The Sling If you have neglected the sling in your training and equipping of your riflery, you are neglect what may the most important part of rifle accuracy once you have mastered the six steps to firing the shot. SIGHT ALIGNMENT -- Line up the front and rear sights SIGHT PICTURE -- Keeping the sights lined up, bring them onto the target RESPIRATORY PAUSE – Deep breath, exhale partially, hold breath as front sight touches bottom of target A. FOCUS YOUR EYE -- Focus your eye on the front sight B. FOCUS YOUR MIND -– Keep front sight on target TRIGGER SQUEEZE –- Squeeze straight back while front sight stays on target FOLLOW THROUGH -- Sighting eye open, take mental picture of where sights were when rifle discharged, and follow through with trigger Thanks Appleseed! The Gods designed you right out of the womb with a bipod which happens to be your support hand and when you properly employ a sling in concert with natural point of aim, you are unstoppable until the indirect fire starts to rain on your position. I highly recommend you spend a few hours every month configuring your ideal prone positions and every other month do it on an uncomfortable surface like gravel or pine cones so there are no surprises if you ever have to conduct some philosophical terraforming employing physics against those who wish you harm. I recommend the Magpul series of slings for the semi-auto platform and the Riflecraft RS3 for the bolt gun. An advantage of the RS3 is that it employs a loop sling system built into the rig. A tip I learned from the Village Armorer, Skip, is to secure the sling to the rear of the weapon on the side opposite your support hand shoulder, you will discover that when you employ the sling on the support side, you will not be strangled and more effective in delivering disciplined rounds during the conduct of social work. I can’t emphasize enough how important the sling is to effective long gun employment. Magazine Spring Myths My oldest son is a mechanical engineer in UT, he, like my other sons is a natural born abolitionist and rifleman of the highest order. I asked for his scientific analysis of storing your ammo in P-Mags. Kyle asserts: "The short answer. Assuming a respectable manufacturer (Japanese/Korean/German - American engineers are mostly garbage, and Ruger is American...) I am highly skeptical that keeping magazines loaded will lead to premature failure. That doesn't mean premature failure can't happen, I'm just skeptical that keeping them loaded is a cause. Shitty materials, shitty engineering, and corrosion are my guess to the leading causes of failure. I could be wrong, but I have yet to be presented with a legitimate argument. I would recommend disassembling your magazines from time to time and cleaning them.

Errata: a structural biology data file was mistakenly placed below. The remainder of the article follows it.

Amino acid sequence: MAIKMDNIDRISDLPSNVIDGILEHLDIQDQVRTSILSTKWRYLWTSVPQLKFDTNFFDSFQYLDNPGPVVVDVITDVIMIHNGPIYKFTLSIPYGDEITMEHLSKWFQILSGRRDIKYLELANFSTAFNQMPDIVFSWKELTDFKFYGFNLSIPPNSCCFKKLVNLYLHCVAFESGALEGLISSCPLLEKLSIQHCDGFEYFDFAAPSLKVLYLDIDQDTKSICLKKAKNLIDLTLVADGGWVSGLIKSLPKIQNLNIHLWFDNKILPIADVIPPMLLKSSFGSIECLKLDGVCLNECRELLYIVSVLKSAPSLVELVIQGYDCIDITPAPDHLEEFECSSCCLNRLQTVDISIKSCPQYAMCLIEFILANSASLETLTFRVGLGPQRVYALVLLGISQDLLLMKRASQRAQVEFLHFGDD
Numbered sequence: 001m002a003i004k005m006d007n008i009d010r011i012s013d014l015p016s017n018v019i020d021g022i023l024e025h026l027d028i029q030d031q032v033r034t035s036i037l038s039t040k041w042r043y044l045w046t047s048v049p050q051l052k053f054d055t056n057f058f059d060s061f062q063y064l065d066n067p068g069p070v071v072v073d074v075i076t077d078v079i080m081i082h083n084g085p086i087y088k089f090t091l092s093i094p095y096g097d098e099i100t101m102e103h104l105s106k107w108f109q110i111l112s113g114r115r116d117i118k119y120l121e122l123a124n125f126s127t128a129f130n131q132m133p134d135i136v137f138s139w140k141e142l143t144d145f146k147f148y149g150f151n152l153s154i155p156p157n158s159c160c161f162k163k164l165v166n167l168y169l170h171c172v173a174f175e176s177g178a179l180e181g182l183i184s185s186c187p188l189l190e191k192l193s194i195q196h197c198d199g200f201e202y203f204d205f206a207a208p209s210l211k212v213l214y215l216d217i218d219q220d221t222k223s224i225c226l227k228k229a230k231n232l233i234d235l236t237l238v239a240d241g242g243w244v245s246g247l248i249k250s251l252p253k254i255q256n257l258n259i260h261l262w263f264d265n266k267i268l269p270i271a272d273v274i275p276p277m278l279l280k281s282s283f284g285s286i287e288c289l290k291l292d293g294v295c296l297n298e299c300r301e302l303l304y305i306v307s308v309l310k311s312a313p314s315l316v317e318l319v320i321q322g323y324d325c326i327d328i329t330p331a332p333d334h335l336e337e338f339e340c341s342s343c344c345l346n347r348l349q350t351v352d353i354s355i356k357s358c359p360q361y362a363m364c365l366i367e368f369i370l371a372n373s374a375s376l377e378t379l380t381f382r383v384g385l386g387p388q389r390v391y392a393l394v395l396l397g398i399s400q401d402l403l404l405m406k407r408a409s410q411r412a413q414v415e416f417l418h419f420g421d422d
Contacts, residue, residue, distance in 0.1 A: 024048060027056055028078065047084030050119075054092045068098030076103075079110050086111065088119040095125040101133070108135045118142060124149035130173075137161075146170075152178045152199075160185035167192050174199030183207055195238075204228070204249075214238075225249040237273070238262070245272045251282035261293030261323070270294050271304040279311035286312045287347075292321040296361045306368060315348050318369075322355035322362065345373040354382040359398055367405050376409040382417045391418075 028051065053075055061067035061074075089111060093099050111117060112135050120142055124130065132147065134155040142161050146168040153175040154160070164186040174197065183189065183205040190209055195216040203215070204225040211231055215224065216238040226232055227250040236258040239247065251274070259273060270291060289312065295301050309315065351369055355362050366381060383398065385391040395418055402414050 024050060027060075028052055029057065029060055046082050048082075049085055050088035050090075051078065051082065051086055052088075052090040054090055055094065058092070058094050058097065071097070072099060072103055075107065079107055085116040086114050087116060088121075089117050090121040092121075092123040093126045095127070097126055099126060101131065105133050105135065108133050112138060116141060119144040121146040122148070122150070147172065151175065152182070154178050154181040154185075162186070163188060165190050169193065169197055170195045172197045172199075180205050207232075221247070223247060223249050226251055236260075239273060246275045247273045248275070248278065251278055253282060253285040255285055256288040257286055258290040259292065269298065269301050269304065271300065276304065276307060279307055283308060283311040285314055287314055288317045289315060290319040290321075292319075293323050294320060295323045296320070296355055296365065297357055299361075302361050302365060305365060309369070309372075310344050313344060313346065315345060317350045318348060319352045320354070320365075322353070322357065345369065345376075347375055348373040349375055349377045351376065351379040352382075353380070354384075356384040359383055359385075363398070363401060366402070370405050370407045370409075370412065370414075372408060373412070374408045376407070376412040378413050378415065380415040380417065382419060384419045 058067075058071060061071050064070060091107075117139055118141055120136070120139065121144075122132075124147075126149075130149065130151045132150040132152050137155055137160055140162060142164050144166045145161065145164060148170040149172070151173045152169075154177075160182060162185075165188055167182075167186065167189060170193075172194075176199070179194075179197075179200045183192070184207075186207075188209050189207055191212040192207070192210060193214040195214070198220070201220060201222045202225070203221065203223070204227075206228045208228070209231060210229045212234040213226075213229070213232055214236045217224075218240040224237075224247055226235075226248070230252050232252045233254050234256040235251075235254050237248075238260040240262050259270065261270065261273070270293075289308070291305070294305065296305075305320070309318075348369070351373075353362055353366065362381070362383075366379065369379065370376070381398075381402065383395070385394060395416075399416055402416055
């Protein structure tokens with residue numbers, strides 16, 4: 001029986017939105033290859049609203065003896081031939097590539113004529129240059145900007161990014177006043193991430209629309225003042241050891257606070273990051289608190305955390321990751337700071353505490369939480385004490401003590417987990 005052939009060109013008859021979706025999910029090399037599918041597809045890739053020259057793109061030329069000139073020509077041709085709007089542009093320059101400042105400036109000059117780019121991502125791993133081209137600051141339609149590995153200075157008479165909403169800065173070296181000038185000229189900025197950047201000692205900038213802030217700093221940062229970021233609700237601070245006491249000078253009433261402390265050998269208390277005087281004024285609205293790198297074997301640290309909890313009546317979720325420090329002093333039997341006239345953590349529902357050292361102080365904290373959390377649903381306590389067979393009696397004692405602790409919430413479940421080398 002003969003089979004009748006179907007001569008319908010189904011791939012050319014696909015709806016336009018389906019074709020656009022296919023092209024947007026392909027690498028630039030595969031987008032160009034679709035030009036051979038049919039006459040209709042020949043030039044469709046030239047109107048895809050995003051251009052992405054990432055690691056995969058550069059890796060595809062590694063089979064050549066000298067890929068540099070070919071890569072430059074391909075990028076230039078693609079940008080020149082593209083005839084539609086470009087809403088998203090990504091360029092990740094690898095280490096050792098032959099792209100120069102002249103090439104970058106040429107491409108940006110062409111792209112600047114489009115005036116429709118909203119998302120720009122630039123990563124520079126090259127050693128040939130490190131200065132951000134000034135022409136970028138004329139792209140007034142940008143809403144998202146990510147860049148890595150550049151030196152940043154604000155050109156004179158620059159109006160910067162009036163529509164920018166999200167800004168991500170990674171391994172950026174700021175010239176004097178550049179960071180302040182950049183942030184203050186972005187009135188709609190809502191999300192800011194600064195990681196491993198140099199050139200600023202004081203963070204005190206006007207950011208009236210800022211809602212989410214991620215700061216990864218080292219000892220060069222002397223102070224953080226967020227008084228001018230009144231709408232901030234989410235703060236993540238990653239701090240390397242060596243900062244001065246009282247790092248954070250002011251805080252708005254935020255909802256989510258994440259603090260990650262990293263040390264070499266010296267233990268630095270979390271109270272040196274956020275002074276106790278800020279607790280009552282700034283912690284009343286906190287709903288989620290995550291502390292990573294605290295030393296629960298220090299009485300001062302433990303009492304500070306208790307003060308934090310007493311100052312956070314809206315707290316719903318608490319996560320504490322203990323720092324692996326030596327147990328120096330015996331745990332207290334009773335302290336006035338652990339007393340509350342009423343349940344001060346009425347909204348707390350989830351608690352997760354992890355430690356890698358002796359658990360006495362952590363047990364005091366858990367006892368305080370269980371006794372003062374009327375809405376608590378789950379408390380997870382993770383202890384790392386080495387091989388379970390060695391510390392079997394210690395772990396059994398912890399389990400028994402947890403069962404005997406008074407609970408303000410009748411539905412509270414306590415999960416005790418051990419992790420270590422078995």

30 May, 2018 / 10 Comments